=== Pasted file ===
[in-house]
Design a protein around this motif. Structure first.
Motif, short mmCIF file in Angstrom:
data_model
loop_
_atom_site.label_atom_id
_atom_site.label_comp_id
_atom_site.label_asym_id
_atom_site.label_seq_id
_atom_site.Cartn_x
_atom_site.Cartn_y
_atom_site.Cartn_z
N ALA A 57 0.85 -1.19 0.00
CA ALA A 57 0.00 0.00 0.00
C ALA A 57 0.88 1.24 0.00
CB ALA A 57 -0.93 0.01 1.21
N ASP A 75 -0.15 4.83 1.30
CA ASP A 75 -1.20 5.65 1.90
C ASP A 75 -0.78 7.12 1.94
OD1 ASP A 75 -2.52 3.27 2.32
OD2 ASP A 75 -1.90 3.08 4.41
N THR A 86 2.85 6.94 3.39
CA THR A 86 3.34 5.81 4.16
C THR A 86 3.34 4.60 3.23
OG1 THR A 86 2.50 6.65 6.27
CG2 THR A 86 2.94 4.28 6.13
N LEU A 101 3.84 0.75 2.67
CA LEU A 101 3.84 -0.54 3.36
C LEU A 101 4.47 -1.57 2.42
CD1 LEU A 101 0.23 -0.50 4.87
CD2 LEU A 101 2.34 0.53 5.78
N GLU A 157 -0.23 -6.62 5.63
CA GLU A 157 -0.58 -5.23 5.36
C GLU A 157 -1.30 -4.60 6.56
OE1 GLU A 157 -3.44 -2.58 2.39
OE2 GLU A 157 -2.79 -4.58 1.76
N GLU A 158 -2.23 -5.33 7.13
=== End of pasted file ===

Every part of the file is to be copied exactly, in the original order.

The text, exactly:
[in-house]
Design a protein around this motif. Structure first.
Motif, short mmCIF file in Angstrom:
data_model
loop_
_atom_site.label_atom_id
_atom_site.label_comp_id
_atom_site.label_asym_id
_atom_site.label_seq_id
_atom_site.Cartn_x
_atom_site.Cartn_y
_atom_site.Cartn_z
N ALA A 57 0.85 -1.19 0.00
CA ALA A 57 0.00 0.00 0.00
C ALA A 57 0.88 1.24 0.00
CB ALA A 57 -0.93 0.01 1.21
N ASP A 75 -0.15 4.83 1.30
CA ASP A 75 -1.20 5.65 1.90
C ASP A 75 -0.78 7.12 1.94
OD1 ASP A 75 -2.52 3.27 2.32
OD2 ASP A 75 -1.90 3.08 4.41
N THR A 86 2.85 6.94 3.39
CA THR A 86 3.34 5.81 4.16
C THR A 86 3.34 4.60 3.23
OG1 THR A 86 2.50 6.65 6.27
CG2 THR A 86 2.94 4.28 6.13
N LEU A 101 3.84 0.75 2.67
CA LEU A 101 3.84 -0.54 3.36
C LEU A 101 4.47 -1.57 2.42
CD1 LEU A 101 0.23 -0.50 4.87
CD2 LEU A 101 2.34 0.53 5.78
N GLU A 157 -0.23 -6.62 5.63
CA GLU A 157 -0.58 -5.23 5.36
C GLU A 157 -1.30 -4.60 6.56
OE1 GLU A 157 -3.44 -2.58 2.39
OE2 GLU A 157 -2.79 -4.58 1.76
N GLU A 158 -2.23 -5.33 7.13